HSBC accused of overlooking British customers with ISIS links

© Peter Nicholls
US regulators are set to accuse HSBC of failing to take action against British terrorism suspects who banked with the company, according to a leaked report.

The multinational banking giant, which is headquartered in London, allegedly allowed 13 suspects with links to Islamic State (IS, formerly ISIS/ISIL) to hold accounts, according to the Times.

The newspaper says it learnt of the allegations from a draft report submitted in September by US lawyer Michael Cherkasky, who was hired by the US Department of Justice (DOJ) in 2012 to monitor HSBC’s internal controls.

Cherkasky gave the names of 13 British terrorism suspects who banked with the firm, including Nadir Syed, 23, who was sentenced to life in prison for planning to behead a poppy seller in 2014.

Five of the names listed have traveled to Syria, including two sisters from Bradford who took their children last year and were followed by their brother, Ahmed, whose name was also on the list.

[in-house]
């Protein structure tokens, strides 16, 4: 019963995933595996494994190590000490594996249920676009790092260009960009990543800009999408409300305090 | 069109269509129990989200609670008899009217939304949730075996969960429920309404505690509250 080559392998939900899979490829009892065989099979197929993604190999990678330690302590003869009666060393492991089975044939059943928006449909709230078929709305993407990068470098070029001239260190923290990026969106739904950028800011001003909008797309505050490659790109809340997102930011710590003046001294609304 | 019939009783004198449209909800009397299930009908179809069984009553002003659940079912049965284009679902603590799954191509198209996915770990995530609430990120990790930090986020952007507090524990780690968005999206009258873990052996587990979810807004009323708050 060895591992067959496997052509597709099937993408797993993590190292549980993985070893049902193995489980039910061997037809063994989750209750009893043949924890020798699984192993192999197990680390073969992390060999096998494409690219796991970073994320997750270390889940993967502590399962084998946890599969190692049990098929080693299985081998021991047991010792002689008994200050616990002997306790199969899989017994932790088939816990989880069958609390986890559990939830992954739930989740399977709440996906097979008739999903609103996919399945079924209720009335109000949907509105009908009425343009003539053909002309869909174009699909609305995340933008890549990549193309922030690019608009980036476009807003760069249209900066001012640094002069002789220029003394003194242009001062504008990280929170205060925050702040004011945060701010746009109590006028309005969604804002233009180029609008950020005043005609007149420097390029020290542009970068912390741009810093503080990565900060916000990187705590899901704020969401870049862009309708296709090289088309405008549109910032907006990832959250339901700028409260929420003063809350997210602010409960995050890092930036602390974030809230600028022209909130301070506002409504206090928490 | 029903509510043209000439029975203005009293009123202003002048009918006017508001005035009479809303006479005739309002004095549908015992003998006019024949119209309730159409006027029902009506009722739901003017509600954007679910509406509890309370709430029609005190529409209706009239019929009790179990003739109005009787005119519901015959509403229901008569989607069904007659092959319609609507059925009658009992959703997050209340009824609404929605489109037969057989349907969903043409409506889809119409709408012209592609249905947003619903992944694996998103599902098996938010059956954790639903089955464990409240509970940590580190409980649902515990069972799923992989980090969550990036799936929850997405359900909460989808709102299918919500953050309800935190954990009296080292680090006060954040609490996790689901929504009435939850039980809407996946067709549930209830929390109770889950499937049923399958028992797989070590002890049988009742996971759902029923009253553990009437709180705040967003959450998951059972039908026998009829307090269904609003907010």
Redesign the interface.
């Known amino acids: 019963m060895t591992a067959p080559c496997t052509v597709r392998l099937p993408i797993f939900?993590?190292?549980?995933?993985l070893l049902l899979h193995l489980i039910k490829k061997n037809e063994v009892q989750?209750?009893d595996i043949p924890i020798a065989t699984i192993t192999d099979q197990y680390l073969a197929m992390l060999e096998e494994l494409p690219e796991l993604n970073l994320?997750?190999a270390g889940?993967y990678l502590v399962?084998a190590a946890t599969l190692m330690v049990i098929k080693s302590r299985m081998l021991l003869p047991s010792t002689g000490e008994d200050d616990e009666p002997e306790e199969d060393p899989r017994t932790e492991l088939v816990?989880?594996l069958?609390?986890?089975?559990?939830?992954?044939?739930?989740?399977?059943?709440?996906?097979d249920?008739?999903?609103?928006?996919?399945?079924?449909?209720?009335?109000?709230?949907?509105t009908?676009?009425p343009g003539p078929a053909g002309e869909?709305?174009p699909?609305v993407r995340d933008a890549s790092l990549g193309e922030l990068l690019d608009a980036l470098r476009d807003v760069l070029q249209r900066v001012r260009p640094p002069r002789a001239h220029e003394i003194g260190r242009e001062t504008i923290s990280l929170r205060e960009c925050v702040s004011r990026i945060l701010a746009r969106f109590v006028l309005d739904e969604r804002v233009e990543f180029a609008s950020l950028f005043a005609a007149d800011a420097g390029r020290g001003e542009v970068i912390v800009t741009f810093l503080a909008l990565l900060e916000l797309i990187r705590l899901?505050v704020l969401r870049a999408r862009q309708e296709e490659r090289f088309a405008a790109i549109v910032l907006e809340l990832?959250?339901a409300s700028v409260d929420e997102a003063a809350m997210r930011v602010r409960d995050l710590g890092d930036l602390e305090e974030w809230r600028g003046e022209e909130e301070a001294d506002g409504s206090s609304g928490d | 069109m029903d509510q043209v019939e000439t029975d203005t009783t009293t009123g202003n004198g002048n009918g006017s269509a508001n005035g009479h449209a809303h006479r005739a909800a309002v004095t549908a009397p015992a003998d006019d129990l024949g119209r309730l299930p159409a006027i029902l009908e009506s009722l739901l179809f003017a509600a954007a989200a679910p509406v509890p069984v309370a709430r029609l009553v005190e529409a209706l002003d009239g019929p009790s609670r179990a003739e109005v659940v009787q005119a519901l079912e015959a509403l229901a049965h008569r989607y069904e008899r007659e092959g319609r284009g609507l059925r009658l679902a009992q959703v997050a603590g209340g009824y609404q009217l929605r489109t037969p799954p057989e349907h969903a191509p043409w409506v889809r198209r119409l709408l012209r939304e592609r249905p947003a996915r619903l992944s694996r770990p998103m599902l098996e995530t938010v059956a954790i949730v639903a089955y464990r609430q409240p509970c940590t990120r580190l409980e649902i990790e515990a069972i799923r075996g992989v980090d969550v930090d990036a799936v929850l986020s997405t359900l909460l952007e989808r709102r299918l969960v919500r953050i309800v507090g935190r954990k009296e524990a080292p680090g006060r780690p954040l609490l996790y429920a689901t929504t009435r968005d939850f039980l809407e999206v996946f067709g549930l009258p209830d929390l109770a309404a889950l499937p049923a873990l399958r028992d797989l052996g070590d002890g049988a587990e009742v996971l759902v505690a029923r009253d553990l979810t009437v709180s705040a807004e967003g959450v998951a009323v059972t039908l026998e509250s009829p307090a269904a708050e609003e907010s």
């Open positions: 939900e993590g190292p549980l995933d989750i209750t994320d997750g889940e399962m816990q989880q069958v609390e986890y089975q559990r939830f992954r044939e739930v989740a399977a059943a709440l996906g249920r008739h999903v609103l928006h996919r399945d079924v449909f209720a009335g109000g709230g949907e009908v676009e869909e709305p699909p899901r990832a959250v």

Cherkasky is due to submit the official report to the DOJ and UK authorities in January.

According to the Times, the alleged illegal activity of the 13 individuals may have been known to HSBC, but it is not known when the bank became aware of problems with the accounts or whether it continued to provide services for the individuals.

While we cannot confirm whether individuals are or are not customers, with over 17 million UK customers we occasionally identify or learn of individuals who do not meet our standards, following which we take appropriate action,” an HSBC spokesperson said.

We work closely with authorities to combat terrorism and financial crime by cooperating with requests for information and monitoring accounts, and are continually seeking ways to further strengthen our controls.”

The revelation comes as EU antitrust regulators are set to fine HSBC and two other banks for rigging financial benchmarks linked to the euro. The European Commission can fine a company up to 10 percent of its global turnover.

The EU levied charges against HSBC, JPMorgan and Credit Agricole in May 2014. All three deny wrongdoing.